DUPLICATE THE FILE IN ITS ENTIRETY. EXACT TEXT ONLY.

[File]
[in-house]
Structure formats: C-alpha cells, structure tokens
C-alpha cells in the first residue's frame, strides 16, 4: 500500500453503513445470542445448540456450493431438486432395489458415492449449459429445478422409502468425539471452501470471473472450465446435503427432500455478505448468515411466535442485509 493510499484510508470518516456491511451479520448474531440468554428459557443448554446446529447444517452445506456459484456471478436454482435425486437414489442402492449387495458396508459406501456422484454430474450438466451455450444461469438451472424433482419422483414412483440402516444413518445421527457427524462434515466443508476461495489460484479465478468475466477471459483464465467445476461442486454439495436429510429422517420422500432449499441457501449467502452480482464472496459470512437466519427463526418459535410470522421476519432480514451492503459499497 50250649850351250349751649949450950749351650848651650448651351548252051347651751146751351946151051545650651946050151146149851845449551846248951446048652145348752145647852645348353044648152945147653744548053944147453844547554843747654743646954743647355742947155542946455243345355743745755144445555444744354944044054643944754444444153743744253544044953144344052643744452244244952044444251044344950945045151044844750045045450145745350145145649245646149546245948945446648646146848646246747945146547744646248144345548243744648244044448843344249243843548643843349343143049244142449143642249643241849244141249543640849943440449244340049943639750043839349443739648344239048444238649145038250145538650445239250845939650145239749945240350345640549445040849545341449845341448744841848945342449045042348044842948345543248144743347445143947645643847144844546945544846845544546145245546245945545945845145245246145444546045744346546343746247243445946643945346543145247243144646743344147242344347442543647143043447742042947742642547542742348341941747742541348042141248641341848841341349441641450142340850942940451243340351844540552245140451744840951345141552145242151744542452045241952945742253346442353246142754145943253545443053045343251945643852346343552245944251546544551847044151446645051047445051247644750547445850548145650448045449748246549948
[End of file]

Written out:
[in-house]
Structure formats: C-alpha cells, structure tokens
C-alpha cells in the first residue's frame, strides 16, 4: 500500500453503513445470542445448540456450493431438486432395489458415492449449459429445478422409502468425539471452501470471473472450465446435503427432500455478505448468515411466535442485509 493510499484510508470518516456491511451479520448474531440468554428459557443448554446446529447444517452445506456459484456471478436454482435425486437414489442402492449387495458396508459406501456422484454430474450438466451455450444461469438451472424433482419422483414412483440402516444413518445421527457427524462434515466443508476461495489460484479465478468475466477471459483464465467445476461442486454439495436429510429422517420422500432449499441457501449467502452480482464472496459470512437466519427463526418459535410470522421476519432480514451492503459499497 50250649850351250349751649949450950749351650848651650448651351548252051347651751146751351946151051545650651946050151146149851845449551846248951446048652145348752145647852645348353044648152945147653744548053944147453844547554843747654743646954743647355742947155542946455243345355743745755144445555444744354944044054643944754444444153743744253544044953144344052643744452244244952044444251044344950945045151044844750045045450145745350145145649245646149546245948945446648646146848646246747945146547744646248144345548243744648244044448843344249243843548643843349343143049244142449143642249643241849244141249543640849943440449244340049943639750043839349443739648344239048444238649145038250145538650445239250845939650145239749945240350345640549445040849545341449845341448744841848945342449045042348044842948345543248144743347445143947645643847144844546945544846845544546145245546245945545945845145245246145444546045744346546343746247243445946643945346543145247243144646743344147242344347442543647143043447742042947742642547542742348341941747742541348042141248641341848841341349441641450142340850942940451243340351844540552245140451744840951345141552145242151744542452045241952945742253346442353246142754145943253545443053045343251945643852346343552245944251546544551847044151446645051047445051247644750547445850548145650448045449748246549948